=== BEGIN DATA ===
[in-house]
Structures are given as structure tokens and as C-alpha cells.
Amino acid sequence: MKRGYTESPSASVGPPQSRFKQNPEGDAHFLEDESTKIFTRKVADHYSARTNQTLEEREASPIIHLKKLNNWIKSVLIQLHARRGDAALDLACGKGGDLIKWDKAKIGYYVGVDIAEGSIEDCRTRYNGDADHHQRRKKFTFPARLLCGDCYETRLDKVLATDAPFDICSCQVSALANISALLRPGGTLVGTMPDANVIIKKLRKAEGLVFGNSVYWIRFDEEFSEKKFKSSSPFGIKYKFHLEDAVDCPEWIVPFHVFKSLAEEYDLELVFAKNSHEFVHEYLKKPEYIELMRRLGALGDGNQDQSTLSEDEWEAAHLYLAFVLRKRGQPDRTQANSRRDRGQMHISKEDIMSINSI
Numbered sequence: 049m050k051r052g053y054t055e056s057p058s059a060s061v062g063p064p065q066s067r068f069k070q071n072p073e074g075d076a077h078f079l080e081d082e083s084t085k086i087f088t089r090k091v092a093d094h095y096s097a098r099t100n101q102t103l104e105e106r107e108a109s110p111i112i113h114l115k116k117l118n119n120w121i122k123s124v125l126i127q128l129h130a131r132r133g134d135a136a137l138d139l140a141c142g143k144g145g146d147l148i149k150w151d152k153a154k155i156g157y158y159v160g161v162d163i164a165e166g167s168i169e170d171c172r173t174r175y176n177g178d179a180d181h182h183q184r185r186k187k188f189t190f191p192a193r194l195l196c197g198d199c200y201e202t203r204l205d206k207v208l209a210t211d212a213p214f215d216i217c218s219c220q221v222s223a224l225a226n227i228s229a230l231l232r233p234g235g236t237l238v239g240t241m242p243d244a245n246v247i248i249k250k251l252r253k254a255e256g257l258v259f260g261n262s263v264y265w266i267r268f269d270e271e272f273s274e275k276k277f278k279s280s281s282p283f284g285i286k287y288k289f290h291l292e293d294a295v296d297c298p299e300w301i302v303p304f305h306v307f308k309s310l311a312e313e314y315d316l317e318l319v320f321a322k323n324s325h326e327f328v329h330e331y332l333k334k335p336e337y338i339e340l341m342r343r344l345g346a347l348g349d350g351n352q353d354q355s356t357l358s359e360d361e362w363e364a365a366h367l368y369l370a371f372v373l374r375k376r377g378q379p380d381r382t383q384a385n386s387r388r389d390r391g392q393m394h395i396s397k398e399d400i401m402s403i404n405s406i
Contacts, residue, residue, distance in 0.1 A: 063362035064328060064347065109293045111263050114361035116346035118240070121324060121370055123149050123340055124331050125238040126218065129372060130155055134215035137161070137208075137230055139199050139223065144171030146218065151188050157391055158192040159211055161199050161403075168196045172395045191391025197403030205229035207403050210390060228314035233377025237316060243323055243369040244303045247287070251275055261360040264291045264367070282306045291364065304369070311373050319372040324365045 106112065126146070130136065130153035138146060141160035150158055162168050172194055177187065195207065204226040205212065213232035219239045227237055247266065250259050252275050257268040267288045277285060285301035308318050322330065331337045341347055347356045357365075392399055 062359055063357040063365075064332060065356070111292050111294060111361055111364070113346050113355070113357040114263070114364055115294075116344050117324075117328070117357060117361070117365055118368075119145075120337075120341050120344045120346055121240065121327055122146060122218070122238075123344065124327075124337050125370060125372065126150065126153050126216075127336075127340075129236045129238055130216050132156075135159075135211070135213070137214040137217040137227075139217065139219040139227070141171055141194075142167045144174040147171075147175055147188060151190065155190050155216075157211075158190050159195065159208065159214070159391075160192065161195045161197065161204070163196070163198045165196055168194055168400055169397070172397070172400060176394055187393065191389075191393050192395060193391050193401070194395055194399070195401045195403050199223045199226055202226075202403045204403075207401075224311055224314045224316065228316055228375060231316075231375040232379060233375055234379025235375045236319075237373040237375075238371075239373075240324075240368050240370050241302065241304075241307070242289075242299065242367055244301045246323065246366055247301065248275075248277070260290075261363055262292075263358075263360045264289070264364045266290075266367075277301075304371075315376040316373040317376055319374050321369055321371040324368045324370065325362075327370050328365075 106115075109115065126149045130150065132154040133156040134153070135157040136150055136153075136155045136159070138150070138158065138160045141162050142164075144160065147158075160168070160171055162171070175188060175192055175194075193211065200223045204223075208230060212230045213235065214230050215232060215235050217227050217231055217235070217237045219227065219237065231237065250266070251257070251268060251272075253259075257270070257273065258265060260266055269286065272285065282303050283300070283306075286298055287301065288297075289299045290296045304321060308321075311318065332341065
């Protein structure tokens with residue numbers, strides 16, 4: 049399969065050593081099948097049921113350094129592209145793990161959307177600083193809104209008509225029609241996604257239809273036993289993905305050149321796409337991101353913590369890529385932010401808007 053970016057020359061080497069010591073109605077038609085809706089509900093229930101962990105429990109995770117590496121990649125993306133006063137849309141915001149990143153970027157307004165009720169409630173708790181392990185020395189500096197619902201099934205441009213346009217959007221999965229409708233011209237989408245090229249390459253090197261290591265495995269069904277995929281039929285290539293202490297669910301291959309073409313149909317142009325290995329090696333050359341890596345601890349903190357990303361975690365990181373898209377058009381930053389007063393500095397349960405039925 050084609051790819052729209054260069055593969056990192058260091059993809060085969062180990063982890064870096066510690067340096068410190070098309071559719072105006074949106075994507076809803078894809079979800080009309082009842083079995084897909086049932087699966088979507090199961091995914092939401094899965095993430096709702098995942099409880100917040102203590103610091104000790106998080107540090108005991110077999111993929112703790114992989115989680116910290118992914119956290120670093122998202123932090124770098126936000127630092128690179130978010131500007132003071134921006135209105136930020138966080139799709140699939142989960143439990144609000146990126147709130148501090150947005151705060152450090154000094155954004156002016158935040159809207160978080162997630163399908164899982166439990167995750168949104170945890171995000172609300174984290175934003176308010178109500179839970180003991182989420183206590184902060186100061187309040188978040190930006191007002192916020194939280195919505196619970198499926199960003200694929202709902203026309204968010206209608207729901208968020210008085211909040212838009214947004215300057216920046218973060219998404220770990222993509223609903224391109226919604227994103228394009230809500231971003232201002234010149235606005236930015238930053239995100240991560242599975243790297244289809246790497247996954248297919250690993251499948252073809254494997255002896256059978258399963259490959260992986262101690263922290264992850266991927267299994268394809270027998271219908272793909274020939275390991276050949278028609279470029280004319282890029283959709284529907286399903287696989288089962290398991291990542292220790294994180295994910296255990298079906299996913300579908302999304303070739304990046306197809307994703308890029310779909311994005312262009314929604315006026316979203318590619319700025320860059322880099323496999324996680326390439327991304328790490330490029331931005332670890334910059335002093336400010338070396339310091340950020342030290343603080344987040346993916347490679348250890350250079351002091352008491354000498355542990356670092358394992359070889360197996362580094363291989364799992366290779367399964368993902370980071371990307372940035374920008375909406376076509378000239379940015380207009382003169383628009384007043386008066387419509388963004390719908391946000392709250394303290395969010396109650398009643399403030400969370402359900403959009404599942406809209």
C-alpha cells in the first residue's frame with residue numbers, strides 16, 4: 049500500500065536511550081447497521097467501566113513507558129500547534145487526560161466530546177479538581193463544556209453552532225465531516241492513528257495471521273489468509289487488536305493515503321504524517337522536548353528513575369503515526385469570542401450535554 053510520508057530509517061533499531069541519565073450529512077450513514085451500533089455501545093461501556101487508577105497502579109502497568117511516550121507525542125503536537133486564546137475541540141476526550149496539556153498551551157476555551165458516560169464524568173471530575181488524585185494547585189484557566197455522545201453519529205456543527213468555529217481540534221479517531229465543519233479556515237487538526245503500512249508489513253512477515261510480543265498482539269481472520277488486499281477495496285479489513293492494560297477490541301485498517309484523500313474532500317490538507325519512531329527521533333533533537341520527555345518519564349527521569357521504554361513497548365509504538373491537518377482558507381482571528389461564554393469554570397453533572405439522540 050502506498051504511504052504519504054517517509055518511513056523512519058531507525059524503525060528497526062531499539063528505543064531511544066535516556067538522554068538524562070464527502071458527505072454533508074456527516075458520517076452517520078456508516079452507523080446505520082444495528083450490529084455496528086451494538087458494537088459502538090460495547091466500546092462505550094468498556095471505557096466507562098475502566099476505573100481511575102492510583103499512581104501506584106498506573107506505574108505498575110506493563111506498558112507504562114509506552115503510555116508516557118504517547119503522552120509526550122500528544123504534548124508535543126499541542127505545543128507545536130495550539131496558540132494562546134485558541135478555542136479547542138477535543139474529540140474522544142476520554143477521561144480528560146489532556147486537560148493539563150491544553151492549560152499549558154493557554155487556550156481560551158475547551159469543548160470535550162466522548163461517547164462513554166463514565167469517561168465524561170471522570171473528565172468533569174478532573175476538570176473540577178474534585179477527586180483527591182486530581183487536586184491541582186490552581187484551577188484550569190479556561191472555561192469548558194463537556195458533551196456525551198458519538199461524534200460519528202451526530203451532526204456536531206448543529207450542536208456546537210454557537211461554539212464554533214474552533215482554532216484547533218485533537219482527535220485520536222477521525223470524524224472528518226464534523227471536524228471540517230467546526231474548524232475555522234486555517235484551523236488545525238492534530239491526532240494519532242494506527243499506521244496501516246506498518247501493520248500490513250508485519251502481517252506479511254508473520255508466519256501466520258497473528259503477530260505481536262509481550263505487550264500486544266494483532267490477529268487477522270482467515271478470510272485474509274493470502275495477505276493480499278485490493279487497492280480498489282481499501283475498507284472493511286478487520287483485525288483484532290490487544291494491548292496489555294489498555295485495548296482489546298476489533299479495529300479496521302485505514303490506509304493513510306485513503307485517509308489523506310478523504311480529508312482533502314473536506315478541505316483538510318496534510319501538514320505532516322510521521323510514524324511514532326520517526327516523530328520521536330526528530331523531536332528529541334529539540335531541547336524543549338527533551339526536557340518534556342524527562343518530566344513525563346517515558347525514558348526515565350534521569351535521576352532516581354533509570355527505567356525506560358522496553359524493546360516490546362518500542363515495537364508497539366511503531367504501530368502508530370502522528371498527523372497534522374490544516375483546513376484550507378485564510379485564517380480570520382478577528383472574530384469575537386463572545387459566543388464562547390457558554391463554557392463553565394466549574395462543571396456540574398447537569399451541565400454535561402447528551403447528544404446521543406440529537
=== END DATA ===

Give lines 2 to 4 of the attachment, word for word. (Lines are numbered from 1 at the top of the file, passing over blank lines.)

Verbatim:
Structures are given as structure tokens and as C-alpha cells.
Amino acid sequence: MKRGYTESPSASVGPPQSRFKQNPEGDAHFLEDESTKIFTRKVADHYSARTNQTLEEREASPIIHLKKLNNWIKSVLIQLHARRGDAALDLACGKGGDLIKWDKAKIGYYVGVDIAEGSIEDCRTRYNGDADHHQRRKKFTFPARLLCGDCYETRLDKVLATDAPFDICSCQVSALANISALLRPGGTLVGTMPDANVIIKKLRKAEGLVFGNSVYWIRFDEEFSEKKFKSSSPFGIKYKFHLEDAVDCPEWIVPFHVFKSLAEEYDLELVFAKNSHEFVHEYLKKPEYIELMRRLGALGDGNQDQSTLSEDEWEAAHLYLAFVLRKRGQPDRTQANSRRDRGQMHISKEDIMSINSI
Numbered sequence: 049m050k051r052g053y054t055e056s057p058s059a060s061v062g063p064p065q066s067r068f069k070q071n072p073e074g075d076a077h078f079l080e081d082e083s084t085k086i087f088t089r090k091v092a093d094h095y096s097a098r099t100n101q102t103l104e105e106r107e108a109s110p111i112i113h114l115k116k117l118n119n120w121i122k123s124v125l126i127q128l129h130a131r132r133g134d135a136a137l138d139l140a141c142g143k144g145g146d147l148i149k150w151d152k153a154k155i156g157y158y159v160g161v162d163i164a165e166g167s168i169e170d171c172r173t174r175y176n177g178d179a180d181h182h183q184r185r186k187k188f189t190f191p192a193r194l195l196c197g198d199c200y201e202t203r204l205d206k207v208l209a210t211d212a213p214f215d216i217c218s219c220q221v222s223a224l225a226n227i228s229a230l231l232r233p234g235g236t237l238v239g240t241m242p243d244a245n246v247i248i249k250k251l252r253k254a255e256g257l258v259f260g261n262s263v264y265w266i267r268f269d270e271e272f273s274e275k276k277f278k279s280s281s282p283f284g285i286k287y288k289f290h291l292e293d294a295v296d297c298p299e300w301i302v303p304f305h306v307f308k309s310l311a312e313e314y315d316l317e318l319v320f321a322k323n324s325h326e327f328v329h330e331y332l333k334k335p336e337y338i339e340l341m342r343r344l345g346a347l348g349d350g351n352q353d354q355s356t357l358s359e360d361e362w363e364a365a366h367l368y369l370a371f372v373l374r375k376r377g378q379p380d381r382t383q384a385n386s387r388r389d390r391g392q393m394h395i396s397k398e399d400i401m402s403i404n405s406i